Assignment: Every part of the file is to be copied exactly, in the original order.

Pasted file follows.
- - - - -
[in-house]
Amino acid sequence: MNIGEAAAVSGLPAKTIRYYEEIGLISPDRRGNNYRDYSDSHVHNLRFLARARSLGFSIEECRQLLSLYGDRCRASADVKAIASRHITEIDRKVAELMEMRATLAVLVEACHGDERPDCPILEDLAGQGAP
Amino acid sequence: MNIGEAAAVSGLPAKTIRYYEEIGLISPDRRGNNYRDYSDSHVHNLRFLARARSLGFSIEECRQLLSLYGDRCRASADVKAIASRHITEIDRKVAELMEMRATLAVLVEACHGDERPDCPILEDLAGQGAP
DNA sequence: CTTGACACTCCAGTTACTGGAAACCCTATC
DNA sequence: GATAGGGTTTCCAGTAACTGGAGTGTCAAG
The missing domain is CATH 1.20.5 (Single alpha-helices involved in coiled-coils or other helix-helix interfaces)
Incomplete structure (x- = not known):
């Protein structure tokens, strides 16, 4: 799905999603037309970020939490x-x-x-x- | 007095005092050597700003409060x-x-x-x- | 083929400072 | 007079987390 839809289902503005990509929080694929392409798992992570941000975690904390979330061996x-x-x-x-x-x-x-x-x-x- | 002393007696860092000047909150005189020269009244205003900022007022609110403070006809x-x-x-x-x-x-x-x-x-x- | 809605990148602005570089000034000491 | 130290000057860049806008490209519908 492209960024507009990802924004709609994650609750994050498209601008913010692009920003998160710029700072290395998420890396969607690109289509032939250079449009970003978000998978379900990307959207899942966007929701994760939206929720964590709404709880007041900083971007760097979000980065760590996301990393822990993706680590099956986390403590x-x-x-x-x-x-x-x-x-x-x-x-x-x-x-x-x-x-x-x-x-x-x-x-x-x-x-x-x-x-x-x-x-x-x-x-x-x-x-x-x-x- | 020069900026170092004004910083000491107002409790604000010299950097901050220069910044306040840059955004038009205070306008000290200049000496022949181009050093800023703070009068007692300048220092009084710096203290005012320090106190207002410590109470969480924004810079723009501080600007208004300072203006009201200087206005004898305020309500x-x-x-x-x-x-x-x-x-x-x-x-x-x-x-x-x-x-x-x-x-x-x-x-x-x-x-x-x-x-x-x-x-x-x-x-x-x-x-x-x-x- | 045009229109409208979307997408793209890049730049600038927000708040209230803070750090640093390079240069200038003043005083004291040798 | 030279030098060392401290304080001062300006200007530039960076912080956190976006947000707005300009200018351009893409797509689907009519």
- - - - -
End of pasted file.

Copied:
[in-house]
Amino acid sequence: MNIGEAAAVSGLPAKTIRYYEEIGLISPDRRGNNYRDYSDSHVHNLRFLARARSLGFSIEECRQLLSLYGDRCRASADVKAIASRHITEIDRKVAELMEMRATLAVLVEACHGDERPDCPILEDLAGQGAP
Amino acid sequence: MNIGEAAAVSGLPAKTIRYYEEIGLISPDRRGNNYRDYSDSHVHNLRFLARARSLGFSIEECRQLLSLYGDRCRASADVKAIASRHITEIDRKVAELMEMRATLAVLVEACHGDERPDCPILEDLAGQGAP
DNA sequence: CTTGACACTCCAGTTACTGGAAACCCTATC
DNA sequence: GATAGGGTTTCCAGTAACTGGAGTGTCAAG
The missing domain is CATH 1.20.5 (Single alpha-helices involved in coiled-coils or other helix-helix interfaces)
Incomplete structure (x- = not known):
């Protein structure tokens, strides 16, 4: 799905999603037309970020939490x-x-x-x- | 007095005092050597700003409060x-x-x-x- | 083929400072 | 007079987390 839809289902503005990509929080694929392409798992992570941000975690904390979330061996x-x-x-x-x-x-x-x-x-x- | 002393007696860092000047909150005189020269009244205003900022007022609110403070006809x-x-x-x-x-x-x-x-x-x- | 809605990148602005570089000034000491 | 130290000057860049806008490209519908 492209960024507009990802924004709609994650609750994050498209601008913010692009920003998160710029700072290395998420890396969607690109289509032939250079449009970003978000998978379900990307959207899942966007929701994760939206929720964590709404709880007041900083971007760097979000980065760590996301990393822990993706680590099956986390403590x-x-x-x-x-x-x-x-x-x-x-x-x-x-x-x-x-x-x-x-x-x-x-x-x-x-x-x-x-x-x-x-x-x-x-x-x-x-x-x-x-x- | 020069900026170092004004910083000491107002409790604000010299950097901050220069910044306040840059955004038009205070306008000290200049000496022949181009050093800023703070009068007692300048220092009084710096203290005012320090106190207002410590109470969480924004810079723009501080600007208004300072203006009201200087206005004898305020309500x-x-x-x-x-x-x-x-x-x-x-x-x-x-x-x-x-x-x-x-x-x-x-x-x-x-x-x-x-x-x-x-x-x-x-x-x-x-x-x-x-x- | 045009229109409208979307997408793209890049730049600038927000708040209230803070750090640093390079240069200038003043005083004291040798 | 030279030098060392401290304080001062300006200007530039960076912080956190976006947000707005300009200018351009893409797509689907009519």